Special Report: The Solar Industry 2012

Solar Industry and construction trends for 2012 and beyond

The surface of the sun is interspersed with brilliant flairs of brightness and areas of relative inactivity. The same might be said of the utility-scale solar market. A recent burst of activity has tripled installations in just two years, but areas of doubt and uncertainty remain.

Continued enthusiasm for solar energy was underscored by attendance of over 30,000 stakeholders at this Fall’s 2011 Solar Power International (SPI) conference. Mortenson Construction gathered feedback from 265 professionals at the show to conduct this study. Respondents represented a broad array of organizations, including utilities, developers, independent power producers (IPPs), financiers and module and equipment suppliers.

The majority were very optimistic, convinced that solar would outpace other renewable alternatives and reach cost parity with coal and gas within 10 years. This
optimism is natural given recent growth, as well as technological and manufacturing advancements and decreasing solar energy costs.

However, the solar industry is also at a moment of uncertainty. Respondents acknowledged vulnerability to government policy and continuing budget deficits. The industry continues to face significant structural challenges in areas such as transmission infrastructure and energy storage.

Utilities were less optimistic about growth and new technologies than many of the suppliers and developers. Lastly, after conducting this survey, SolarWorld Industries filed a controversial, antidumping lawsuit against Chinese module manufacturers. It’s unclear what effect this suit will ultimately have on the solar industry.

In the Sweet Spot

Solar energy has entered an expansion phase of high growth driven by technological advancements and falling module prices.

The growth of solar is attracting many new participants. The average respondent in our survey has worked in renewable energy only 4.4 years. Those who have worked in renewables for at least 10 years have worked for an average of 3.6 renewables companies, reflecting the high degree of transition that exists across many companies.

Differing Outlooks

A full 93 percent of developers and IPPs expect their firm’s solar business to grow in 2012, while only 40 percent of utility companies expect the same. This suggests that the numerous solar projects being planned by developers and IPPs may be chasing a more limited number of utilities looking to expand solar purchases—perpetuating the highly competitive environment that exists for new projects.

Mortenson asked utilities to list the most important criteria they use to choose developer and IPP partners from which to purchase energy:

  • 35 percent of participants mentioned low cost
  • 20 percent cited experience and/or technical ability
  • 20 percent also mentioned a firm’s ability to deliver the project as promised and on time.
  • 10 percent mentioned financial strength and location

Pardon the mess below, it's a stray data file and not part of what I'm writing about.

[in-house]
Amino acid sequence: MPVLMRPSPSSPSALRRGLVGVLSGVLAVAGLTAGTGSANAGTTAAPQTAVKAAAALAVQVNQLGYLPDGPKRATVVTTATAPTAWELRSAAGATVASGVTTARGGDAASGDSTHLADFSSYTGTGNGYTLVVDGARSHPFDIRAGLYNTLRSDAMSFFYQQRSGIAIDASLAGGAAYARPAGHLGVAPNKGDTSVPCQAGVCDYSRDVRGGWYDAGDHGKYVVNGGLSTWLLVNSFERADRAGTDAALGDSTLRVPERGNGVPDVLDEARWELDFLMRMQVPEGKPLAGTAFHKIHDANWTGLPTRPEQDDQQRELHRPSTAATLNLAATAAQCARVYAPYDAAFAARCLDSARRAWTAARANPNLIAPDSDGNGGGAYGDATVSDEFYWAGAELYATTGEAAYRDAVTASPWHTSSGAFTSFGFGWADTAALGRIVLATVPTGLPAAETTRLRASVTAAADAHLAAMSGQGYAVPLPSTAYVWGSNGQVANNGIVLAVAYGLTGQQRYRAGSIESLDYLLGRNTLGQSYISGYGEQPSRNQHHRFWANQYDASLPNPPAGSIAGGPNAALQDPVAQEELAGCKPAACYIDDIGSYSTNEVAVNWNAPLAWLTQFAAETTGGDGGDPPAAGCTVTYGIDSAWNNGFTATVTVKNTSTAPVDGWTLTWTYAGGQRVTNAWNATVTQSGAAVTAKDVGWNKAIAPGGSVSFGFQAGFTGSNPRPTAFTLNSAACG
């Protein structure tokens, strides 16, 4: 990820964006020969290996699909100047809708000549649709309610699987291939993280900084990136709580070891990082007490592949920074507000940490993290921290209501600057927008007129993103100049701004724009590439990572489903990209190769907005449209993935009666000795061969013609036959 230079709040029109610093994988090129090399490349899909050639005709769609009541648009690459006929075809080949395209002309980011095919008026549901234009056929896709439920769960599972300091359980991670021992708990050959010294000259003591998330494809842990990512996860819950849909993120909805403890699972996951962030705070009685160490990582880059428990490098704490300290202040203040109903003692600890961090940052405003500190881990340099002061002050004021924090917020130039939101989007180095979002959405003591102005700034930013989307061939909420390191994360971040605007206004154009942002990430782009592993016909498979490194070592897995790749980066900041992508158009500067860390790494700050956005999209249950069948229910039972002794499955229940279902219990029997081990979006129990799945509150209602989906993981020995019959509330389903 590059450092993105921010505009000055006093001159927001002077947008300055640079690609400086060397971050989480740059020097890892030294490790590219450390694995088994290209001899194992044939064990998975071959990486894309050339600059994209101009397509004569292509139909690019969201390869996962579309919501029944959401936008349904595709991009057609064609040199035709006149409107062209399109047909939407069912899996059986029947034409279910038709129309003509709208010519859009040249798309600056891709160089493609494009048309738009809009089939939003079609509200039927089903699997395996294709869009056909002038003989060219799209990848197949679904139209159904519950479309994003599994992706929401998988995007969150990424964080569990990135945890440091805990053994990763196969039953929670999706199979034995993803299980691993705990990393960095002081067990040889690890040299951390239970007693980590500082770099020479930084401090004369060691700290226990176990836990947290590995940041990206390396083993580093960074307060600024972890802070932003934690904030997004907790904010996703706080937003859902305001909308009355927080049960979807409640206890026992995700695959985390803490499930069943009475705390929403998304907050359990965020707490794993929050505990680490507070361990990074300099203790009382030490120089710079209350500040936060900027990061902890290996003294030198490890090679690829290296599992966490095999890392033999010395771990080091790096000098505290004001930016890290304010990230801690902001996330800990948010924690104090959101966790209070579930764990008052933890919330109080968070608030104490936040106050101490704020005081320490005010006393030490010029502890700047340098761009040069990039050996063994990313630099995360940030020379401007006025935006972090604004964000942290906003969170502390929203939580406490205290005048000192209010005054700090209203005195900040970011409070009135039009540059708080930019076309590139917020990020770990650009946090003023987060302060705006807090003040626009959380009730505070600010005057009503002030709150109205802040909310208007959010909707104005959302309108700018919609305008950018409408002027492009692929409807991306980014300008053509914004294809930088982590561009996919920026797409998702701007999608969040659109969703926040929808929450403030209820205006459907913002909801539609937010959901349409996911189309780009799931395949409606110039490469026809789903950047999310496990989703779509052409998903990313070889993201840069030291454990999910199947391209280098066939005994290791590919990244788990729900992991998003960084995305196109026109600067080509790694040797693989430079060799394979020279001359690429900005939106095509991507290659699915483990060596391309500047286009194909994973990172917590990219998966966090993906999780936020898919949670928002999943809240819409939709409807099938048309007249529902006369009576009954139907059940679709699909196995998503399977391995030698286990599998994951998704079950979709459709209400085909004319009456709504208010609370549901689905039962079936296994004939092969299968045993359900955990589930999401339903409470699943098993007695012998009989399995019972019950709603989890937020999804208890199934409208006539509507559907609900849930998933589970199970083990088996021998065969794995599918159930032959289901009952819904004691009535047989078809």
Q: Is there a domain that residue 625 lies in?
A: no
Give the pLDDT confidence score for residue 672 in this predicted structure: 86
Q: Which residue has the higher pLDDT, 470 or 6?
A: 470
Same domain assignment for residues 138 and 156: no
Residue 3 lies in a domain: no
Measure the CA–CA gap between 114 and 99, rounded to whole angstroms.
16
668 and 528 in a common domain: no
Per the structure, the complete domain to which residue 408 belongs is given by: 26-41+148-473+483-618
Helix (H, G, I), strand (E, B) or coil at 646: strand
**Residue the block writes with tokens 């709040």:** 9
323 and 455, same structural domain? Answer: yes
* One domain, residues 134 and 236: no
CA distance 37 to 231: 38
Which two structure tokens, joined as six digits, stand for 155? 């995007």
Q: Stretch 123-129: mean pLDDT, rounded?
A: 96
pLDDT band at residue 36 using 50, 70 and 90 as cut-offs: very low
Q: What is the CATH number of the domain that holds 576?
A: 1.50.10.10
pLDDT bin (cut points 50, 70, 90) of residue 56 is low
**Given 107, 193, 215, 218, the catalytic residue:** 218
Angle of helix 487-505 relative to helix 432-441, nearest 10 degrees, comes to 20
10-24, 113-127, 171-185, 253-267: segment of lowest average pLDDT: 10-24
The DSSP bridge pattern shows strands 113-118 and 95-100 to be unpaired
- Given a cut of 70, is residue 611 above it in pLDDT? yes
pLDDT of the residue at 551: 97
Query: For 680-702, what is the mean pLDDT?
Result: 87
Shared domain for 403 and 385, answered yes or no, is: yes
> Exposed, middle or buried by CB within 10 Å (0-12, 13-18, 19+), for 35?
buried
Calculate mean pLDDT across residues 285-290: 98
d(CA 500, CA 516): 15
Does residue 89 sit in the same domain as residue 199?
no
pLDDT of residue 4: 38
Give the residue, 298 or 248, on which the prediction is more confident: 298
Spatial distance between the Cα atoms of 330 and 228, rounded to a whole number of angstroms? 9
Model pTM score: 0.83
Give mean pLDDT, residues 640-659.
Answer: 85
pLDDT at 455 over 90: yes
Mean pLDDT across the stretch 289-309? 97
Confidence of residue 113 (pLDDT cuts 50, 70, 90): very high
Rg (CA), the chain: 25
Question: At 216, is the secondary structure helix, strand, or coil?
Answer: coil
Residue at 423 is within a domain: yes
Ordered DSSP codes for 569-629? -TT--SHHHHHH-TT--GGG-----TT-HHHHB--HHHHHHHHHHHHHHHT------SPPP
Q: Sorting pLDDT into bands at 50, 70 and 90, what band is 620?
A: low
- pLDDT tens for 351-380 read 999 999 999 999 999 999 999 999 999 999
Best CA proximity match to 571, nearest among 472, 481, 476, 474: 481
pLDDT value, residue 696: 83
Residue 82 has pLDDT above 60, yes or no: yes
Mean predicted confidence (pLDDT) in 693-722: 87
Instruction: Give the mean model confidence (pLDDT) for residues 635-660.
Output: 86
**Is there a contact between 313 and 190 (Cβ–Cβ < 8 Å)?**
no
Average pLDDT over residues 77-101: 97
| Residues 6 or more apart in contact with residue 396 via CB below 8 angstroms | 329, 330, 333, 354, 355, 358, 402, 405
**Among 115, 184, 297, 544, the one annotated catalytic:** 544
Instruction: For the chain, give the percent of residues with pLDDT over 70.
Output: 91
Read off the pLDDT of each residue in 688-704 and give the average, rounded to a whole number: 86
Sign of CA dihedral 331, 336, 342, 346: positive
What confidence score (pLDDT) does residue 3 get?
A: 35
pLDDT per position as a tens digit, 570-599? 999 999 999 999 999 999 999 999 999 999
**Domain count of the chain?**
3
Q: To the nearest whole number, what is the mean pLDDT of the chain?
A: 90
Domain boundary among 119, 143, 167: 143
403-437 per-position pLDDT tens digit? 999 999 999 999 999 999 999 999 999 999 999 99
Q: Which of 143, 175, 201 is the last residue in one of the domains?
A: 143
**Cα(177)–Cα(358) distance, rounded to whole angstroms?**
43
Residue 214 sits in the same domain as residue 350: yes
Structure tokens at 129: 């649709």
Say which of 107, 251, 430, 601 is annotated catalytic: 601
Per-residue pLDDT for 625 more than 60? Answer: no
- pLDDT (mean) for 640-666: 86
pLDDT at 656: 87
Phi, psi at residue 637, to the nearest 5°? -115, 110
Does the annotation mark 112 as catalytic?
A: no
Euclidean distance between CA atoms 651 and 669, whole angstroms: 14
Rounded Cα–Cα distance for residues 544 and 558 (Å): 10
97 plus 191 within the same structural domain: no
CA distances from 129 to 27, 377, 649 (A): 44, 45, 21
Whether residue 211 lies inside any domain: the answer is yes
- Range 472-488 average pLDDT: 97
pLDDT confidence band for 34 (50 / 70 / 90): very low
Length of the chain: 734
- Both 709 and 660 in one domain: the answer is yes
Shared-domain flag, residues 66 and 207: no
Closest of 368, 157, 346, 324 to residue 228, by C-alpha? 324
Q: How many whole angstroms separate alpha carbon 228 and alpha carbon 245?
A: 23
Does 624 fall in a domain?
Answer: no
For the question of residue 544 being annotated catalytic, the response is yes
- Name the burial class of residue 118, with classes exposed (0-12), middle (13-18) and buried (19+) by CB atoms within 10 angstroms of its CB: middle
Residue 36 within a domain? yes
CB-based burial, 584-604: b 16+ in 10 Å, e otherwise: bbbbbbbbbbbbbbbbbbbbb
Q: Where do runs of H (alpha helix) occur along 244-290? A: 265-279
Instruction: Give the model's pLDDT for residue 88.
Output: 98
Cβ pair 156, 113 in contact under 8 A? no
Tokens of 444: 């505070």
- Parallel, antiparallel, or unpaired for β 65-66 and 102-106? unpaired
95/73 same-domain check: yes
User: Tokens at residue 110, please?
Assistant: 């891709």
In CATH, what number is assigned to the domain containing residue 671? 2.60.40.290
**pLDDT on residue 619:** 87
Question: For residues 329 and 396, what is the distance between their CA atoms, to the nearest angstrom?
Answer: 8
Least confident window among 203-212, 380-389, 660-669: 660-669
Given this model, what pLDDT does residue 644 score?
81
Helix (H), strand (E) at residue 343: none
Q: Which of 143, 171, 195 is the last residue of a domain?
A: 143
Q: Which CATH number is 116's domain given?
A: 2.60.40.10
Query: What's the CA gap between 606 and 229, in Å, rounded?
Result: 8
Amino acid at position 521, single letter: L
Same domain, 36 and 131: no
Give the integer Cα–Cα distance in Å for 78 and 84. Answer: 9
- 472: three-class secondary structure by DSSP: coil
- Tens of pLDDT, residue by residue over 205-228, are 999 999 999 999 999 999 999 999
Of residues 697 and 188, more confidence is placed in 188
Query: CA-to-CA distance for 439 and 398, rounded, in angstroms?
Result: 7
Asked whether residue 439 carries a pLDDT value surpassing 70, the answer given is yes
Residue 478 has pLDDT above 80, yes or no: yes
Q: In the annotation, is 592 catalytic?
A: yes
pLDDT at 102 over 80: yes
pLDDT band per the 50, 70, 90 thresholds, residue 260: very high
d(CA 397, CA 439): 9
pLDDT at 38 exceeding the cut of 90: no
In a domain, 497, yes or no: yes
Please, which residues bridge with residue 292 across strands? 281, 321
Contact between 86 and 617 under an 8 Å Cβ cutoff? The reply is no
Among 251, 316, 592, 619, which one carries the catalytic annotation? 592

Ultimate Energy Parity

In the long-term, attaining grid parity against other energy sources is the challenge facing solar. In this regard, participants who took the survey were also optimistic that solar will meet the challenge and outgrow other energy options.

A solid 71 percent of participants felt solar will surpass wind energy in annual generating capacity additions, even though current new wind capacity is five to six times greater.

Perhaps more surprising, well over half of participants felt solar will achieve grid parity with fossil fuels within the next 10 years — only 12 percent felt that solar would never reach competitiveness.

Optimism in solar competitiveness is understandable given historical trends. The per-watt price of solar modules has dropped from $22 in 1980 to under $3 today, and has fallen 40 percent in the last year alone. Still, the kilowatt-hour cost of solar electricity is about three to four times that of coal or natural gas today. It remains to be seen whether technological advancements can bridge this gap, but there is no doubt participants who took the survey believe solar will accomplish this.

Where the Action Is

Participants also named the states they felt offered the best overall environment (regulatory, incentives, weather, etc.) for the development of solar projects. California was the clear winner, followed by Texas. California law requires utilities to generate 33 percent of their electricity from renewables by 2020 — the most ambitious target established by any state. Several participants pointed out that solar enjoys solid popular and political support in California as well. The top states in order were California, Texas, Arizona, Colorado, Florida and Massachusetts.

Significant challenges to solar progress and energy parity remain, among them pricing pressures, the loss of government incentives, politics and infrastructure and connectivity concerns. However, given the current climate, the outlook for solar construction, contractors and their suppliers remains bright into the foreseeable future.

The challenge and opportunity for construction supply distributors is to get ahead of the curve. Distributors need to learn and help pioneer the tools, structural and mechanical components — those currently in use and those in development — so they can add value to the process by helping contractors build more efficiently and cost effectively as the industry enters its next phase. CS

This article excepts a study conducted by Mortenson Construction. Its Mortenson Renewable Energy Groups division has constructed more than 100 wind and solar projects generating over 11,000 megawatts of clean renewable energy across the United States and Canada. Mortenson is ranked the 11th largest power contractor in the United States. For a full copy of the report visit: